- The mechanism will be completely stuck due to old grease that has hardened. Soack the assembly in WD40 for a few hours or if you have the WD40 Spray: spray all the moving parts multiple times, leaving 1/2 hour between treatments, until you can move the mechanism again.

Patience is the issue: do not try to move the mechanism with force, wait until the WD40 has solved all the old grease and dust.

- Once the mechanism is moving smoothly again, then clean all the WD40 from the assembly.

- Lubricate all the moving parts with a small amount of white lithium grease

- Now is a good time to clean the Head: clean it with at least 99% pure Isoprophyl Alcohol.

- Mount the assembly back on the drive and re-connect the lever to the eject motor.

 

Now try test the drive. First verify that all parts work. Insert a Double Density disc and see if the main motor spins the disc and the head moves.

Also try the eject mechanism.

If everything works, then mount the drive back in it's enclosure ( external is best to test ) and connect the earth wire.

 

Now try to initialize the floppy disc: If it formats without bad sectors, then the drive is repaired.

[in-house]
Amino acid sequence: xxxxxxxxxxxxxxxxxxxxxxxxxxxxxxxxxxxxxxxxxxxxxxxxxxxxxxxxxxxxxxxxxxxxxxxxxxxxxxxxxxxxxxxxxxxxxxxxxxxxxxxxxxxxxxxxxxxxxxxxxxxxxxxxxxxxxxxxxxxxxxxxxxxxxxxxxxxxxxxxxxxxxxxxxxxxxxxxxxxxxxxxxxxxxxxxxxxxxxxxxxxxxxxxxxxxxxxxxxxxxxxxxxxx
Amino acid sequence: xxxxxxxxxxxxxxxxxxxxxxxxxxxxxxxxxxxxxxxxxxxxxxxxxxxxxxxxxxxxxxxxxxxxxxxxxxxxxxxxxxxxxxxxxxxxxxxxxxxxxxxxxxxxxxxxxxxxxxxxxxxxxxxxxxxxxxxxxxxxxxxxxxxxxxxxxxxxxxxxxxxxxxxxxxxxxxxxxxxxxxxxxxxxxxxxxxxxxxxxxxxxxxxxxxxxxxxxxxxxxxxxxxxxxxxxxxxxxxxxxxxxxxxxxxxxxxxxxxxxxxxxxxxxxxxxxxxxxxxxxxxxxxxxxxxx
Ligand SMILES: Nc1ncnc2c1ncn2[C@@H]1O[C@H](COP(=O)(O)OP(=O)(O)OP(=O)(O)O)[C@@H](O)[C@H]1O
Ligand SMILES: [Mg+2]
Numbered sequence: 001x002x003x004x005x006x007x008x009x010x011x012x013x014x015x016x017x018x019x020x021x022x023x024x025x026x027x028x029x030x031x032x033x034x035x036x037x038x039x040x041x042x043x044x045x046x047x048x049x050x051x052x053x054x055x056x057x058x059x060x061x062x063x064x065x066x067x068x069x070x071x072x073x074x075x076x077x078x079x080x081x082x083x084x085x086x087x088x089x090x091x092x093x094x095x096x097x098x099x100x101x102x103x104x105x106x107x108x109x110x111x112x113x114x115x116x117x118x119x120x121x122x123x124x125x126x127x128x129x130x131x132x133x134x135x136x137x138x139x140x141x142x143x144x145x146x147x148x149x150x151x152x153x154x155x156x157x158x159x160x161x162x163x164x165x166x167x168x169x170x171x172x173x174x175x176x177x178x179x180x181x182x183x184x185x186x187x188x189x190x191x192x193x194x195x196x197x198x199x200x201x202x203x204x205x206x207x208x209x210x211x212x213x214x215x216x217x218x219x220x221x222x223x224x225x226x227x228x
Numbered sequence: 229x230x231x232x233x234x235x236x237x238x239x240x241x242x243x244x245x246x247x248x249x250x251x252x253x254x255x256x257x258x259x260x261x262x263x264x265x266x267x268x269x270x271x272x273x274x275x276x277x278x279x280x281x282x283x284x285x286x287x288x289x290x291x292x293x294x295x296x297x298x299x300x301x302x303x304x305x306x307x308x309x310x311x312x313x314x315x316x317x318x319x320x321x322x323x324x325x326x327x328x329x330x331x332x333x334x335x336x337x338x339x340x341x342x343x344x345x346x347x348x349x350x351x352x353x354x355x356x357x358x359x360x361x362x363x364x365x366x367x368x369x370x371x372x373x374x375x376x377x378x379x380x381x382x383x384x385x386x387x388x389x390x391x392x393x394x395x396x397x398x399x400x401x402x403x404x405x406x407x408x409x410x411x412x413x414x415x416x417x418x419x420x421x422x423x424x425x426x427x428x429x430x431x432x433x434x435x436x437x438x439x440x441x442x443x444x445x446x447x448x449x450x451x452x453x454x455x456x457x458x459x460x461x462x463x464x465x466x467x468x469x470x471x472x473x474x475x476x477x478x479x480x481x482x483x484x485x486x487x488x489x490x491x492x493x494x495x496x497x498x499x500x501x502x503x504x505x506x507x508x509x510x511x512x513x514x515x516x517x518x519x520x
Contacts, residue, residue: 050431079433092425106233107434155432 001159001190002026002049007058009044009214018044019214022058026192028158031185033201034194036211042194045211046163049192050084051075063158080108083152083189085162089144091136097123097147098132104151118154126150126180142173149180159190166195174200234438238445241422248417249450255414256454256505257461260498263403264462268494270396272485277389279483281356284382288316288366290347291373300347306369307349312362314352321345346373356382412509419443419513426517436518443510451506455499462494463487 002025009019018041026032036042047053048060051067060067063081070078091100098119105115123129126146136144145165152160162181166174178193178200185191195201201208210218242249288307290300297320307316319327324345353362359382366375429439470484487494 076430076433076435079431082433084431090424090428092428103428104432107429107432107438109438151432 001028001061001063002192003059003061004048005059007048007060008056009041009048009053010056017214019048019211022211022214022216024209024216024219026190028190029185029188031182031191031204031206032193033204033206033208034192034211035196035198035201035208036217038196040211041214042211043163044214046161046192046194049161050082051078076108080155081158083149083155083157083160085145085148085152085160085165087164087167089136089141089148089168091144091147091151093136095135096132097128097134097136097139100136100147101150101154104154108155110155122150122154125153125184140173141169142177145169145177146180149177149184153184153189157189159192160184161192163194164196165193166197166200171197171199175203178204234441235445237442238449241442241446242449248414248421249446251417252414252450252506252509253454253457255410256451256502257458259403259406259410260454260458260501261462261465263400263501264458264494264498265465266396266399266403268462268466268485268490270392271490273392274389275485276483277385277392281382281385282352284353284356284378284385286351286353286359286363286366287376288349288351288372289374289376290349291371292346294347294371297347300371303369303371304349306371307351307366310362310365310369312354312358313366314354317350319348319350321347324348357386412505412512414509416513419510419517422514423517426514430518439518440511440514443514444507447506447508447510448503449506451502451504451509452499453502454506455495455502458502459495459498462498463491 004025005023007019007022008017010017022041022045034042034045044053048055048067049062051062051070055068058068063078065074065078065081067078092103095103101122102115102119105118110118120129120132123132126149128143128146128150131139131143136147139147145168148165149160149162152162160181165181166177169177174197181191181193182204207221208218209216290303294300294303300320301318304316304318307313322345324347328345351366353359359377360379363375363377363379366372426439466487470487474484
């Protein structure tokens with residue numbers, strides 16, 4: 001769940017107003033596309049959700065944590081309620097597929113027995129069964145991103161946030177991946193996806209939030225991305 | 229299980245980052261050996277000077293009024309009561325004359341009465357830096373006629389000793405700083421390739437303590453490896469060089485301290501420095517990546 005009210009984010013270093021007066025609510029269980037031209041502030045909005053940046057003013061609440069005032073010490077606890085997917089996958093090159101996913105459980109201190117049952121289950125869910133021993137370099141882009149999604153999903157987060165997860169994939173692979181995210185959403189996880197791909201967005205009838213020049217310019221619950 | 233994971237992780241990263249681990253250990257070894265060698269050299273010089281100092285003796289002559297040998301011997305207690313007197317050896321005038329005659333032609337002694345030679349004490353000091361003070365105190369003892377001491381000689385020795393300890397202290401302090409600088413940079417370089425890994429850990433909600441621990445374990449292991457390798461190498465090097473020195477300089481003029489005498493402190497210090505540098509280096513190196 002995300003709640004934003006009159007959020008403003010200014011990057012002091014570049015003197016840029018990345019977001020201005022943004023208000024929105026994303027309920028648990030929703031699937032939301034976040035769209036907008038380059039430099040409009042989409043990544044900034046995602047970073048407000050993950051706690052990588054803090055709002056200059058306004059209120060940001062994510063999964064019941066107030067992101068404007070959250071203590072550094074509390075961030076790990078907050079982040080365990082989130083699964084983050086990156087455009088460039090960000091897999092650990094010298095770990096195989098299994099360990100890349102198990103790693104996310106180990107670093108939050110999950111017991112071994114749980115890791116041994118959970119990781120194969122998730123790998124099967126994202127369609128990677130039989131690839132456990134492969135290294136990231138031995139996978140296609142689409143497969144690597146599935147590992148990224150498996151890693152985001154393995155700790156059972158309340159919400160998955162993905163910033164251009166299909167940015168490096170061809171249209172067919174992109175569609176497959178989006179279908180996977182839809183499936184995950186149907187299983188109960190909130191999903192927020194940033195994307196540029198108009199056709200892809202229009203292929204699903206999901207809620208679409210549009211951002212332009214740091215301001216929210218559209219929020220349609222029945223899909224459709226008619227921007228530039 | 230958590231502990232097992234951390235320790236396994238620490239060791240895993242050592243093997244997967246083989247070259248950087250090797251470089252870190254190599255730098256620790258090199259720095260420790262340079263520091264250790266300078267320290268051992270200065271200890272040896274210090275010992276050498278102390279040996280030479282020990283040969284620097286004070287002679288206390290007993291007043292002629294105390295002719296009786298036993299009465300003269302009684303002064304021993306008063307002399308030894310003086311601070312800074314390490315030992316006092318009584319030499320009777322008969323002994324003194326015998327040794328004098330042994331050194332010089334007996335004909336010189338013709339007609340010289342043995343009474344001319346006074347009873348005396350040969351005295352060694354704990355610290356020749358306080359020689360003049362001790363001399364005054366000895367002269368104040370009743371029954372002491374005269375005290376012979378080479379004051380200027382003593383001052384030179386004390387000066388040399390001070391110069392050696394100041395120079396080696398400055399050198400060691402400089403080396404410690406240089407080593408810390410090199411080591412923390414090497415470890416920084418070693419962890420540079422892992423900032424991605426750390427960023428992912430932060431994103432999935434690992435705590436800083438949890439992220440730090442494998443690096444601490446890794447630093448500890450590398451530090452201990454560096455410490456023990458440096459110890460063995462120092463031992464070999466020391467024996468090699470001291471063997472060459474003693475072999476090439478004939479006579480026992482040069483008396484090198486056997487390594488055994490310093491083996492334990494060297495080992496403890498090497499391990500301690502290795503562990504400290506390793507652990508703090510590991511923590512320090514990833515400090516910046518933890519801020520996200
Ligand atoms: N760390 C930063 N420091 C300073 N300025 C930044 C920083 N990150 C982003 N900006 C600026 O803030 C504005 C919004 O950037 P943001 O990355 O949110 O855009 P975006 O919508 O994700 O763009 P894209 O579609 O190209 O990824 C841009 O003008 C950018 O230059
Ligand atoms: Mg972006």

If not then inspect the head under a magnifying glass: it it's scratched or damaged then it's beyond repair.

Otherwise you have to adjust the head.

Look at your floppy disk for damage: if the head pushes too much on the floppy disc, then you will see circle scratches on the disc.

 

Best practice is to set the head as low as possible and keep trying until you can initialize your floppy disc without problems.

For adjusting the head, you needs to remove the PCB at the bottom to get to the screw.

You can find a detailed explanation here:

http://lowendmac.com/tech/after.html

 

I would not recommend to turn the screw fully clockwise, but do it with little steps of 1/4 turn clockwise until it works.

I know it's a time consuming job, these 400K drives always are....

 

Good Luck,

 

 

Nico

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Sorry for digging up an old post here, but I am having issues with two 400k floppy drives and am curious what your results were.